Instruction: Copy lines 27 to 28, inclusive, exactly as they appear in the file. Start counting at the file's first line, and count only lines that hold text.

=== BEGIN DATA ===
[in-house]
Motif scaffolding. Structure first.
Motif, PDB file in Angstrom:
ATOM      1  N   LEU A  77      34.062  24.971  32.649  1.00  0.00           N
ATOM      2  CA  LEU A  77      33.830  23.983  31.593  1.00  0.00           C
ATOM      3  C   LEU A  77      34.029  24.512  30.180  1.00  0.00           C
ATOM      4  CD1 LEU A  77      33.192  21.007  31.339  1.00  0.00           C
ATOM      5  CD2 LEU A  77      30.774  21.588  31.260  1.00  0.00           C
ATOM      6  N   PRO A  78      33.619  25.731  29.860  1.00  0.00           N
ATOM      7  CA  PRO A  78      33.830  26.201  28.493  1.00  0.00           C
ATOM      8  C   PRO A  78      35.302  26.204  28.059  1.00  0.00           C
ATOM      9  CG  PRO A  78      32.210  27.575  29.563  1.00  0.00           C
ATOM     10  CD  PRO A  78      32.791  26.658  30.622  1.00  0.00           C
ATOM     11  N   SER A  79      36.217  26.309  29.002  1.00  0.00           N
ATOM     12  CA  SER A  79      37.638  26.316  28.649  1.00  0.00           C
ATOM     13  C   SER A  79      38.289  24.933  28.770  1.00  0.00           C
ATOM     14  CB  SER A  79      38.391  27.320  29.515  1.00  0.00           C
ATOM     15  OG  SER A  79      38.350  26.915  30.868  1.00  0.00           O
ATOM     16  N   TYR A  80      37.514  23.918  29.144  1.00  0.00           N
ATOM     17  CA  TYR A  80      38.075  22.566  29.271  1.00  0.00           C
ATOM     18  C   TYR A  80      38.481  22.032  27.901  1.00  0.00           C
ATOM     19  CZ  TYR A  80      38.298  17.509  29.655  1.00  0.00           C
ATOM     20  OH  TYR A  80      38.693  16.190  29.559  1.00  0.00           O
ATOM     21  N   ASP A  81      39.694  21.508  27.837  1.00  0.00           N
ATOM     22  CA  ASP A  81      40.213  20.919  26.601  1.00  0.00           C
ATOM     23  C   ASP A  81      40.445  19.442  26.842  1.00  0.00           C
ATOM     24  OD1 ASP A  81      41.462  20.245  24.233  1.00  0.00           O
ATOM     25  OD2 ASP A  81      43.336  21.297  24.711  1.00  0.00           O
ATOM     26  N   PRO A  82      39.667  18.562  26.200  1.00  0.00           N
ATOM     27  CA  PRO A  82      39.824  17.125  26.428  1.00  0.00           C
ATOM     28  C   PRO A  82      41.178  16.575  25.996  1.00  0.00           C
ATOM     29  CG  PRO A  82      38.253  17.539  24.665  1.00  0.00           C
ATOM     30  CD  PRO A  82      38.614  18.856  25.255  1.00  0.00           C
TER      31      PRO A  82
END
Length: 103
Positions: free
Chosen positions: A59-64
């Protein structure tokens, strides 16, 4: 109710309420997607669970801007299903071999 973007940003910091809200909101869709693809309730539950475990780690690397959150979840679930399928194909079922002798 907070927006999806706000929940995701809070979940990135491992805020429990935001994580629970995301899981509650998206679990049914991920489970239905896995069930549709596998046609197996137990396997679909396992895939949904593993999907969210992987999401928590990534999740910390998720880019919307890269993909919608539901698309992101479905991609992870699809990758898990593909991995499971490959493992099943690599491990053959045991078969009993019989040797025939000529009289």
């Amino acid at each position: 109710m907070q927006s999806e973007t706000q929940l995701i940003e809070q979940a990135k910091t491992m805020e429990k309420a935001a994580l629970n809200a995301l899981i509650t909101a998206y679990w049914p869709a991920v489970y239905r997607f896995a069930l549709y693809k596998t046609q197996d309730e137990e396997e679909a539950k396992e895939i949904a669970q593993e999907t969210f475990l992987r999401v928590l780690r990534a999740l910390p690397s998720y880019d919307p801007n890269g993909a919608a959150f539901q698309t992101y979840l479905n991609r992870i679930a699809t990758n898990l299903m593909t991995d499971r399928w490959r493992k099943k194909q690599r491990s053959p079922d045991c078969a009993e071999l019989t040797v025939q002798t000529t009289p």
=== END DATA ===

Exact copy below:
ATOM     24  OD1 ASP A  81      41.462  20.245  24.233  1.00  0.00           O
ATOM     25  OD2 ASP A  81      43.336  21.297  24.711  1.00  0.00           O